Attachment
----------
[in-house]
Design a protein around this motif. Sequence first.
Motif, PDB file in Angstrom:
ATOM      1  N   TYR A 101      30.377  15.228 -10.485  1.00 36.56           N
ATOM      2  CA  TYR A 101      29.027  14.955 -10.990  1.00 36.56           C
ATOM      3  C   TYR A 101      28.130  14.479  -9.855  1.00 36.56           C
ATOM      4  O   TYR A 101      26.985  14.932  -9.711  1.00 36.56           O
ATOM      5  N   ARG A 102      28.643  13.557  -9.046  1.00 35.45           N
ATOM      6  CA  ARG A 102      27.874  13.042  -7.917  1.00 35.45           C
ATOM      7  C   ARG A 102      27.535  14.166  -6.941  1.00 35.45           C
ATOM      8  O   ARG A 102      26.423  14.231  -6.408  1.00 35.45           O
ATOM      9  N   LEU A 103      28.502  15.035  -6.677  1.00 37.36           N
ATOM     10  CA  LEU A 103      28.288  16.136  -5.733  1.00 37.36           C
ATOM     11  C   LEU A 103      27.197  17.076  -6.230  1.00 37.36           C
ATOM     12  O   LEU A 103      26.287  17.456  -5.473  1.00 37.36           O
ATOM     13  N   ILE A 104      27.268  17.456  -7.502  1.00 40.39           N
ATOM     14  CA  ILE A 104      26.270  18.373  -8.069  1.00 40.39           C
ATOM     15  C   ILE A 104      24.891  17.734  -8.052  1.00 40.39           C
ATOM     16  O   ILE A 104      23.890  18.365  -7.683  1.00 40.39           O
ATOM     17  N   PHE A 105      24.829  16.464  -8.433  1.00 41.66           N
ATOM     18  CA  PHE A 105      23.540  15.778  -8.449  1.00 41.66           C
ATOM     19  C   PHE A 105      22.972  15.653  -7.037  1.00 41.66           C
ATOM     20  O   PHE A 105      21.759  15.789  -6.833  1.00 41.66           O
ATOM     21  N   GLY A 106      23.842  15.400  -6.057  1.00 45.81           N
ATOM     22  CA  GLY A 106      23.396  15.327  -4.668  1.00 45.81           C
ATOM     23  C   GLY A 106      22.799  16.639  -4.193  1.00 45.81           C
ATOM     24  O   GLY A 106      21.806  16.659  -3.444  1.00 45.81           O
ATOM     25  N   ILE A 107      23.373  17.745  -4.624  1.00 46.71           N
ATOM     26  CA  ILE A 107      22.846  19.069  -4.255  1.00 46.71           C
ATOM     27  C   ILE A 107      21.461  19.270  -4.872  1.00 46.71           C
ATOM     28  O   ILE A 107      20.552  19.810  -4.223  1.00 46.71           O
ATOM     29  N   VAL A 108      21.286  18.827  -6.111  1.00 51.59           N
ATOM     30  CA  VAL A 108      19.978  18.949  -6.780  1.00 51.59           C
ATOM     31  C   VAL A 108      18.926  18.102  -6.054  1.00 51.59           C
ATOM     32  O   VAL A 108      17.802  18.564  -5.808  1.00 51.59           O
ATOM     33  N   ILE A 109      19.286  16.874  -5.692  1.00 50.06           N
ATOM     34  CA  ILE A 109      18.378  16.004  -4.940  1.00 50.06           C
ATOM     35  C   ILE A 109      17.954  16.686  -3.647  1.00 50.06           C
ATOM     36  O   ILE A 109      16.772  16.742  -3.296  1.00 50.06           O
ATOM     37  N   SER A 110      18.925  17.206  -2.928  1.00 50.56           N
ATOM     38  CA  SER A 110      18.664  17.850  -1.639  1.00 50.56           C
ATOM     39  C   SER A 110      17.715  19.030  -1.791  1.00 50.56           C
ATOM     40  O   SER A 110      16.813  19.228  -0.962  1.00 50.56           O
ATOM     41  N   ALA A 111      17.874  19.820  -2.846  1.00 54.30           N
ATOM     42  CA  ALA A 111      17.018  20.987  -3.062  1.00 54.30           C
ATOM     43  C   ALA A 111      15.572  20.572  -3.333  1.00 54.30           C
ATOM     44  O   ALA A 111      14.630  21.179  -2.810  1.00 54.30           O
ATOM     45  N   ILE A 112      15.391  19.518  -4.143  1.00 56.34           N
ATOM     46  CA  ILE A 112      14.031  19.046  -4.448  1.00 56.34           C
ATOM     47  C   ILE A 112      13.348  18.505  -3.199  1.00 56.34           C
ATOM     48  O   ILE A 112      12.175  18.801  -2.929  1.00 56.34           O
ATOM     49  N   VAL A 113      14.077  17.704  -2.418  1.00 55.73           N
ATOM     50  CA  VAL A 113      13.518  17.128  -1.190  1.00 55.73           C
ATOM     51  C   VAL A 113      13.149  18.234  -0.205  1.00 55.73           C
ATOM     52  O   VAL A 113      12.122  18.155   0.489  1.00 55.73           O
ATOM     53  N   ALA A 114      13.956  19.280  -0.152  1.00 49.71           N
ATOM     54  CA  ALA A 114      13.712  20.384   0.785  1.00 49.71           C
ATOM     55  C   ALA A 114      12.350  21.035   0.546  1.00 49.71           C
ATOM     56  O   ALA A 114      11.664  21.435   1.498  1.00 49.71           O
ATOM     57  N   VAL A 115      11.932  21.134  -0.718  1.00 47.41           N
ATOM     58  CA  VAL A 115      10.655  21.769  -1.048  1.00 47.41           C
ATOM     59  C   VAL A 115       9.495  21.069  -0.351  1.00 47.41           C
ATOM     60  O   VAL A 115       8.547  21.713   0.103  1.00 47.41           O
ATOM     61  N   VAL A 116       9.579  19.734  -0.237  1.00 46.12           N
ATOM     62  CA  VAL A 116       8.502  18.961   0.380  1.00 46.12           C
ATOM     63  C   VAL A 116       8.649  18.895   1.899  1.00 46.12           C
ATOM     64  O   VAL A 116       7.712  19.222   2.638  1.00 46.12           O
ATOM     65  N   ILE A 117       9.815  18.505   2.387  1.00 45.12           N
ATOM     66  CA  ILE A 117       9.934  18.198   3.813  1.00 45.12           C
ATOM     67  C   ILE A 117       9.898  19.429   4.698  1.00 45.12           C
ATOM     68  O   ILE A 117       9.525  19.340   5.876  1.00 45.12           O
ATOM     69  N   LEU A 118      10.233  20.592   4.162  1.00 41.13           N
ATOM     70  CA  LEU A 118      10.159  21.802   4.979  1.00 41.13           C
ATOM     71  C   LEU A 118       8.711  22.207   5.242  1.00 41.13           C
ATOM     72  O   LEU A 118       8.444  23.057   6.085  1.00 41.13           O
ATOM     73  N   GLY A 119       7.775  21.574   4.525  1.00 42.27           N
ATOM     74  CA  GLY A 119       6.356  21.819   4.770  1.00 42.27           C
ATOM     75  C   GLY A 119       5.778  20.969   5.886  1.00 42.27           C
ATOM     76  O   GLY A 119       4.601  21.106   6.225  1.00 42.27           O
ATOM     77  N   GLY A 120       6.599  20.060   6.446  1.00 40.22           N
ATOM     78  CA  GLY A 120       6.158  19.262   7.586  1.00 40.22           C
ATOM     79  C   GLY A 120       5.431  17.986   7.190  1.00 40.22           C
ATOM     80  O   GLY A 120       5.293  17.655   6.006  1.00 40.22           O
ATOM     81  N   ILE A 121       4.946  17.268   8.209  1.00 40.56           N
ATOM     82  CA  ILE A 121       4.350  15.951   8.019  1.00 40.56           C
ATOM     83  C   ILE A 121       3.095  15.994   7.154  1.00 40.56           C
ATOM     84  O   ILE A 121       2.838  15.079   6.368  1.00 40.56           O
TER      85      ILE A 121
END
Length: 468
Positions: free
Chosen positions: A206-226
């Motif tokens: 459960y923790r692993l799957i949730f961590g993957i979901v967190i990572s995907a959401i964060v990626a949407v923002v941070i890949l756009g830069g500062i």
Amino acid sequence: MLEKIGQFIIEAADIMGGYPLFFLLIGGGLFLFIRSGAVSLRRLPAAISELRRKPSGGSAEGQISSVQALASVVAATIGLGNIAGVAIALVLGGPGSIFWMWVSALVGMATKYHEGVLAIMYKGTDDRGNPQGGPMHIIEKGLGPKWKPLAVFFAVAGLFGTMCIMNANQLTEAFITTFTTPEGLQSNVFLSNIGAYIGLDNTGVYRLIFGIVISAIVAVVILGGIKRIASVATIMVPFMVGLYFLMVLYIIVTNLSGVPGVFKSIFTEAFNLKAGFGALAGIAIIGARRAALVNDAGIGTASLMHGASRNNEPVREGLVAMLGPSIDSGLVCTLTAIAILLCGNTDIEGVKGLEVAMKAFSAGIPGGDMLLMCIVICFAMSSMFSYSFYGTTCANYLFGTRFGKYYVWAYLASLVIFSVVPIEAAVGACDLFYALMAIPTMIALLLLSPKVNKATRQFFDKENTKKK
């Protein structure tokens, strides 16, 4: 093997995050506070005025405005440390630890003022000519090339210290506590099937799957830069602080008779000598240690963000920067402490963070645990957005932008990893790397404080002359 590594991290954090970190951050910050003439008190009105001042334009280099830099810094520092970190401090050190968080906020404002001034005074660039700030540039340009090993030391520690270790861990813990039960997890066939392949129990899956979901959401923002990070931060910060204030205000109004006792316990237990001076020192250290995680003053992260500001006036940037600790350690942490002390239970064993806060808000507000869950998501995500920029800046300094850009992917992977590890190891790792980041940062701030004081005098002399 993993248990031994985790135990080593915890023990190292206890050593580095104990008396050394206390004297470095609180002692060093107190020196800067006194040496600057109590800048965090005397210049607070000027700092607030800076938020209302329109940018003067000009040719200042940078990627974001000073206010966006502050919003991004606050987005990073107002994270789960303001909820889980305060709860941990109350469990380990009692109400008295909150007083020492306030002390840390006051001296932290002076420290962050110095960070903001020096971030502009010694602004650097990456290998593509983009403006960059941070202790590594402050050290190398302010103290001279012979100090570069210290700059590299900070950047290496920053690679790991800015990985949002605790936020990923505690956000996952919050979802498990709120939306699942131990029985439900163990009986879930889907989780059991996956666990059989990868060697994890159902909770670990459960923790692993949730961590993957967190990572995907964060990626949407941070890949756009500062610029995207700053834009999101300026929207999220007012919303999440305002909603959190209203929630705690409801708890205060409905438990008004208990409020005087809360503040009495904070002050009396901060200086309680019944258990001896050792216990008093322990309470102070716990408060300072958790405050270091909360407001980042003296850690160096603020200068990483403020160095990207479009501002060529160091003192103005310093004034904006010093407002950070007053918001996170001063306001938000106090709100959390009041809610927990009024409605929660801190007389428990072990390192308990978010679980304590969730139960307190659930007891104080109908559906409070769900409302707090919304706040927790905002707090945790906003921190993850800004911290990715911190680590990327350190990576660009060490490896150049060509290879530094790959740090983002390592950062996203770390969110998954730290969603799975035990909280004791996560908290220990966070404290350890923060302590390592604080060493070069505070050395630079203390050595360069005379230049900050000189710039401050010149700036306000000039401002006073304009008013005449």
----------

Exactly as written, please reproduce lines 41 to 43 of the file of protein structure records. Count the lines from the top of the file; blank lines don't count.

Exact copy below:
ATOM     38  CA  SER A 110      18.664  17.850  -1.639  1.00 50.56           C
ATOM     39  C   SER A 110      17.715  19.030  -1.791  1.00 50.56           C
ATOM     40  O   SER A 110      16.813  19.228  -0.962  1.00 50.56           O